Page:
Western Sydney University
Locked Bag 1797
Penrith NSW 2751
Ethics committee country [2] 297903 0
Australia
Date submitted for ethics approval [2] 297903 0
22/01/2018
Approval date [2] 297903 0
25/01/2018
Ethics approval number [2] 297903 0
RH12581
Ethics committee name [3] 297904 0
Westemad Hospital
Ethics committee address [3] 297904 0
Cnr Hawkesbury Road and Darcy Road
Westmead NSW 2145
Ethics committee country [3] 297904 0
Australia
Date submitted for ethics approval [3] 297904 0
07/12/2017
Approval date [3] 297904 0
19/01/2018
Ethics approval number [3] 297904 0
SSA/17/WMEAD/62

Summary
Brief summary
The primary aim of this study is to explore the impact of antenatal pelvic floor muscle exercises (PFME) on sexual dysfunction and quality of life in women during pregnancy and in the first three months following birth. A secondary aim is to determine the effect of antenatal PFMT on labour and birth outcomes, urinary and faecal incontinence and specific quality of life three months following birth.
This is a randomised controlled trial and the primary hypothesis of this study is that: women who perform antenatal PFMT have better sexual function during pregnancy and three months following birth compared with women who receive antenatal standard care alone. The secondary hypothesis is that; women who perform antenatal PFMT have improved childbirth outcomes, less urinary and faecal incontinence symptoms and also better specific quality of life compared with women who receive antenatal standard care alone.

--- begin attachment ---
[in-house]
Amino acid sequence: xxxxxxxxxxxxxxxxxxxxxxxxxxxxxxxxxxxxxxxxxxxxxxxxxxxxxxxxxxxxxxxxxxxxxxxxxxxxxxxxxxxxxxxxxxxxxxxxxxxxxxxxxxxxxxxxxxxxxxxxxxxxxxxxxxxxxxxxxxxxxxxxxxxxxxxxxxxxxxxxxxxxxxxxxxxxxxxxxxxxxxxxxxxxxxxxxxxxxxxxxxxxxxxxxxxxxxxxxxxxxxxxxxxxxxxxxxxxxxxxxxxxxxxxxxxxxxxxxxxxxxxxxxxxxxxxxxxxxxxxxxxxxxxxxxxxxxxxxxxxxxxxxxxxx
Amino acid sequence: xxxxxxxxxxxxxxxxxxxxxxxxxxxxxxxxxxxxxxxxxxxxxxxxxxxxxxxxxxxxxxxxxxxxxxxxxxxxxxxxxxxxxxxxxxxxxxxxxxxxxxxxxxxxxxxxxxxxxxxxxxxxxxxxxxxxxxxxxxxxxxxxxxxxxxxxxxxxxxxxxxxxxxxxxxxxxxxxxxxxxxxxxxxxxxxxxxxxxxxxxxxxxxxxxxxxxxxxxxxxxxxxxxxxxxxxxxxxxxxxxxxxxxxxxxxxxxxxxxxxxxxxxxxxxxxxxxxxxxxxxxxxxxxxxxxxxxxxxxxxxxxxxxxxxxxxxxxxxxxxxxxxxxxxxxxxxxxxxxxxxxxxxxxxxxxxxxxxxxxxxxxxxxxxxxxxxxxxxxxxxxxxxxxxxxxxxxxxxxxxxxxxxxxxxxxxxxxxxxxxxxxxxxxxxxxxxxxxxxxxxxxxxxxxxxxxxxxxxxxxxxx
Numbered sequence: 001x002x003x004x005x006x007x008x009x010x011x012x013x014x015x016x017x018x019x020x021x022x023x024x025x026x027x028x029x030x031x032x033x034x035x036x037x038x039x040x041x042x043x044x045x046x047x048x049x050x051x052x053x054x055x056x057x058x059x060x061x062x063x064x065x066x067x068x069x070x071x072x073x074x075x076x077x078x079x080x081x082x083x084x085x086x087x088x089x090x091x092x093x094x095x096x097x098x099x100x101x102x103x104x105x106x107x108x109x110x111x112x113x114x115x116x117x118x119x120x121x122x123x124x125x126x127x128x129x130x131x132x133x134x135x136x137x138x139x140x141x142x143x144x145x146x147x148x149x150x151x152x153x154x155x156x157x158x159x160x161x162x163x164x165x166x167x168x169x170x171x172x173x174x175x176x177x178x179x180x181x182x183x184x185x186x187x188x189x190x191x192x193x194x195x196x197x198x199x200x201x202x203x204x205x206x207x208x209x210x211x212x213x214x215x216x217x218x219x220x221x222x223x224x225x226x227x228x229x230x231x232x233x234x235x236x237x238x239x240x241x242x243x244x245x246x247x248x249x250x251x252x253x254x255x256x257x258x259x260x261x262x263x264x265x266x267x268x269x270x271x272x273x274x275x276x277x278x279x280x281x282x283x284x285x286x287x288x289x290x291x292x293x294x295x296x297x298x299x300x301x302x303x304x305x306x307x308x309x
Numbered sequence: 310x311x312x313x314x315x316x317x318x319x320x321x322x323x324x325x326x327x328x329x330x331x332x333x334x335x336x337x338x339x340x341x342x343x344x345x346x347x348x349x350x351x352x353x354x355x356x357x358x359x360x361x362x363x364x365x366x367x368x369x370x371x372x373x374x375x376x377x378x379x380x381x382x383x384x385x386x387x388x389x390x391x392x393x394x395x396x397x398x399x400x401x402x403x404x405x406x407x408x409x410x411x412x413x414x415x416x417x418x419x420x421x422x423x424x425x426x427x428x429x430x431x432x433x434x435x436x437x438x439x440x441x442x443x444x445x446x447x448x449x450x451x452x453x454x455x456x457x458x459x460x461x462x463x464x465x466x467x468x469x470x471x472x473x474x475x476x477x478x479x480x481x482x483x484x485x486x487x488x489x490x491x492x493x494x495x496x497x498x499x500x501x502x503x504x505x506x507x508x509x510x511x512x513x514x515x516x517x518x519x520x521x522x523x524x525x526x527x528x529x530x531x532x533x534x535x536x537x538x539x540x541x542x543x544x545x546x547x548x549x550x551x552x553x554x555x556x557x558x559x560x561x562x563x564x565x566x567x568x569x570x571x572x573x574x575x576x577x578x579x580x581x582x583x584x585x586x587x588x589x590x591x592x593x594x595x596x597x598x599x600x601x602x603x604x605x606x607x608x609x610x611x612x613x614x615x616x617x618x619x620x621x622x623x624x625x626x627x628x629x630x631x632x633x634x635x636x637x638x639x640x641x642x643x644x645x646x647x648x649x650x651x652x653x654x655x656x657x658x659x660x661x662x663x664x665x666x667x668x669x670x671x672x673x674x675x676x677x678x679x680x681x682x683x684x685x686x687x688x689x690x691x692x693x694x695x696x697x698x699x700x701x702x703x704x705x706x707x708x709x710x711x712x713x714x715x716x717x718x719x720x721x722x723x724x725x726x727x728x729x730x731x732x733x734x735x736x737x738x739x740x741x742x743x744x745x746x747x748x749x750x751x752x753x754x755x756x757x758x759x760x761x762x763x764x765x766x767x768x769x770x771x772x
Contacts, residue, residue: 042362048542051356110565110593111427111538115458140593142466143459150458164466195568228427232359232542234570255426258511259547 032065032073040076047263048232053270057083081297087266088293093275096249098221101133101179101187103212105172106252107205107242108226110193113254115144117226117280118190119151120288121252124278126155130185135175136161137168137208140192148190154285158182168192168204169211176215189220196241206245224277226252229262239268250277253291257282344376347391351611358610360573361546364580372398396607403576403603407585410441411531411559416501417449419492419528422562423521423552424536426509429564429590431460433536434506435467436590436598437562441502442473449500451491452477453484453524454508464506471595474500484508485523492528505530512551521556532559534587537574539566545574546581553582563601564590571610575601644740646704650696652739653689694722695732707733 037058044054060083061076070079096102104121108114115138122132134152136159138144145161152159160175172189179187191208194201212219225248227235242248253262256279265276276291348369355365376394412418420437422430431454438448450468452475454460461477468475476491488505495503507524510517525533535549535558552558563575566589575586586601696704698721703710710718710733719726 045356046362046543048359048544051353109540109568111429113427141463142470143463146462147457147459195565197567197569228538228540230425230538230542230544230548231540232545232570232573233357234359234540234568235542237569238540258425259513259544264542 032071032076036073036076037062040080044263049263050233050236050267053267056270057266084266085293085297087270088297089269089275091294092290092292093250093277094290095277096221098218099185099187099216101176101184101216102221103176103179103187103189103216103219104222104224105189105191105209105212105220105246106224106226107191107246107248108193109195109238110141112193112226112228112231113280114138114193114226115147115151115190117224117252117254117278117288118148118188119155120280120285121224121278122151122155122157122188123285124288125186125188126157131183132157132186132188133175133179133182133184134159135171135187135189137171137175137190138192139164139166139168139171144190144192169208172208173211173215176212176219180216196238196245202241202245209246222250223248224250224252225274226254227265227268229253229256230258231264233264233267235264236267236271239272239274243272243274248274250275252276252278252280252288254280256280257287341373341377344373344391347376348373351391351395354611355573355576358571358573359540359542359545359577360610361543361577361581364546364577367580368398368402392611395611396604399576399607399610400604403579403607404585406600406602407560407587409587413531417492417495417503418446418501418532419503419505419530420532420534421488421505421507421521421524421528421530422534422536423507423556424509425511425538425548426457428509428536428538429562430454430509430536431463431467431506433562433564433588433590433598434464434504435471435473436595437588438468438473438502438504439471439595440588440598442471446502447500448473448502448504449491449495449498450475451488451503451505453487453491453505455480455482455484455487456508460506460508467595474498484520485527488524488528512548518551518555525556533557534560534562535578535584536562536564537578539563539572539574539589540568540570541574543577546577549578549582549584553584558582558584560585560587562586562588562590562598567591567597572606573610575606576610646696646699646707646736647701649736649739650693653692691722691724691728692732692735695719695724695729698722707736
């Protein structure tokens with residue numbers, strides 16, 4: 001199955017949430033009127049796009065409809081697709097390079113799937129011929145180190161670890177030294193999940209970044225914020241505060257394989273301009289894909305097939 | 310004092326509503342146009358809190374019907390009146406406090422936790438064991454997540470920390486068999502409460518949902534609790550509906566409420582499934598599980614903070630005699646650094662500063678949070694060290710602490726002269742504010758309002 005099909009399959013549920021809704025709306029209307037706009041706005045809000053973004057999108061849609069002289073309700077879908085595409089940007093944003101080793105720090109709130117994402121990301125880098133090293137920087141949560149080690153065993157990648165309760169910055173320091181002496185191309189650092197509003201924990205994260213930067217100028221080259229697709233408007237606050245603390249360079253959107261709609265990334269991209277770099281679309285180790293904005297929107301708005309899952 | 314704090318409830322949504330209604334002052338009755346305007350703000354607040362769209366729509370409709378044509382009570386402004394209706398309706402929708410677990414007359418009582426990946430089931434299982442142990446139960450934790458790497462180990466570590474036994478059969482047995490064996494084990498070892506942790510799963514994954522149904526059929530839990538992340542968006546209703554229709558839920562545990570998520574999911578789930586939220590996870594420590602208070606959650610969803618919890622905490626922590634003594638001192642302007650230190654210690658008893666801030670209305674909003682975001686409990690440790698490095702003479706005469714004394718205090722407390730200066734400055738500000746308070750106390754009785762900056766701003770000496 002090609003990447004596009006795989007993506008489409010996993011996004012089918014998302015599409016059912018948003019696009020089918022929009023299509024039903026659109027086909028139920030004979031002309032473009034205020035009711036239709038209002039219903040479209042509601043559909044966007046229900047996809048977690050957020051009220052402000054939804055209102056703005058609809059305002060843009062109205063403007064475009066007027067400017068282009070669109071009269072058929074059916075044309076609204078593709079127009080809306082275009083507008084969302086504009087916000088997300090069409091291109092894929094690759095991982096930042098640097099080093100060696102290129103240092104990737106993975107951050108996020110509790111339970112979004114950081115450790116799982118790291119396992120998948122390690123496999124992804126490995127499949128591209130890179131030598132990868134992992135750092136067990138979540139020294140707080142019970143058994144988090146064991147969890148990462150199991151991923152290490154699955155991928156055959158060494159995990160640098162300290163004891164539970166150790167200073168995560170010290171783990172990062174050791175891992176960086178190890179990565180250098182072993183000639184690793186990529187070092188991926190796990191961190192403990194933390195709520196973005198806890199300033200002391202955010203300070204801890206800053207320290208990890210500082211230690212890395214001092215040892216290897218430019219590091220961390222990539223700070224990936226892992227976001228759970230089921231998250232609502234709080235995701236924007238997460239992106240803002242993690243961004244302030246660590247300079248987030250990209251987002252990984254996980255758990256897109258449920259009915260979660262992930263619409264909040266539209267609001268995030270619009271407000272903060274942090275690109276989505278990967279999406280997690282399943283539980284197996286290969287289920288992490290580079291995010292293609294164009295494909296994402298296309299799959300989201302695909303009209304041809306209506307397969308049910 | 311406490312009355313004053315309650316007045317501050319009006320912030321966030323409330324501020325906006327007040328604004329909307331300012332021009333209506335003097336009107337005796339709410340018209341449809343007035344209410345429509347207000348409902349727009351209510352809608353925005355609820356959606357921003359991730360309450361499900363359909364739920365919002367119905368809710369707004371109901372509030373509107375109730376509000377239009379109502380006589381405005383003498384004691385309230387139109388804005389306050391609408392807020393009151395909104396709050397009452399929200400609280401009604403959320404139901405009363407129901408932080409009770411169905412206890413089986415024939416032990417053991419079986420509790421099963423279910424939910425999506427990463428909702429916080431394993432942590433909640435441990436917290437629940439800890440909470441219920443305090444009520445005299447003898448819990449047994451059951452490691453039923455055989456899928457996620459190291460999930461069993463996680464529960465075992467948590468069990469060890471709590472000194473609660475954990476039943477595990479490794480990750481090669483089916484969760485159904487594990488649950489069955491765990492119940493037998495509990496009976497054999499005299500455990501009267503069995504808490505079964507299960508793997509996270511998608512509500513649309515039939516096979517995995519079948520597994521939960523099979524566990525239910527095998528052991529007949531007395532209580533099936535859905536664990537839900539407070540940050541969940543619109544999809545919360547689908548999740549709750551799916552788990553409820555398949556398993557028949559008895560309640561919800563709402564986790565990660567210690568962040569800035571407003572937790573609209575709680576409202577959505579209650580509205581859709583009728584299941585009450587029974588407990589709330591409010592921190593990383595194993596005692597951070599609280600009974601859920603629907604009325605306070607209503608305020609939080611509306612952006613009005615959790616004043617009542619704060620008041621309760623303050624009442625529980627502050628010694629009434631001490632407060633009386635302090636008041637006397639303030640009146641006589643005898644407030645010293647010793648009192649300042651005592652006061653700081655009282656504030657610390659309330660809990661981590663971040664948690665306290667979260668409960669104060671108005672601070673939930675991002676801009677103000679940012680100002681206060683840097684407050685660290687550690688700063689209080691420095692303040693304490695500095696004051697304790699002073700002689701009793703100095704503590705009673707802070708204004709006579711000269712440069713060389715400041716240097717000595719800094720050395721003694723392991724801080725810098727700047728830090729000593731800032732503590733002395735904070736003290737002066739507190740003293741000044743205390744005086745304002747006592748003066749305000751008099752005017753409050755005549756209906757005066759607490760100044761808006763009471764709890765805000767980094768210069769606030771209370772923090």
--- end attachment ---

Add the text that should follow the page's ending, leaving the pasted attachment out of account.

Findings from this study will help to establish an evidence base for the use and effectiveness of antenatal pelvic floor muscle exercise to improve primiparous women’s quality of life, sexual function, childbirth outcome and urinary and faecal incontinence symptoms.
Trial website
Trial related presentations / publications
In progress
Public notes
Attachments [1] 1807 1807 0 0
Attachments [2] 1808 1808 0 0
Attachments [3] 1809 1809 0 0
Attachments [4] 2798 2798 0 0
http://www.anzctr.org.au/AnzctrAttachments/373084-PICF version5clean.docx (Participant information/consent)
Attachments [5] 2799 2799 0 0

Contacts
Principal investigator
Name 75394 0
Miss Sahar Sobhgol
Address 75394 0
School of Nursing and Midwifery
Western Sydney University
Locked Bag 1797
Penrith NSW 2751
Australia
Country 75394 0
Australia
Phone 75394 0
+61 452503035
Fax 75394 0
+61 2 9685 9959
Email 75394 0
18628744@student.westernsydney.edu.au
Contact person for public queries
Name 75395 0
Prof Hannah Dahlen
Address 75395 0
School of Nursing and Midwifery
Western Sydney University
Locked Bag 1797
Penrith NSW 2751
Australia

Country 75395 0
Australia
Phone 75395 0
+61 2 9685 9118
Fax 75395 0
+61 2 9685 9959
Email 75395 0
h.dahlen@westernsydney.edu.au
Contact person for scientific queries
Name 75396 0
Prof Hannah Dahlen
Address 75396 0
School of Nursing and Midwifery
Building EB/LG Room 34, Parramatta South Campus
Western Sydney University
Country 75396 0
Australia
Phone 75396 0
+61 2 9685 9118
Fax 75396 0
+61 2 9685 9959
Email 75396 0
h.dahlen@westernsydney.edu.au

No information has been provided regarding IPD availability
Summary results
No Results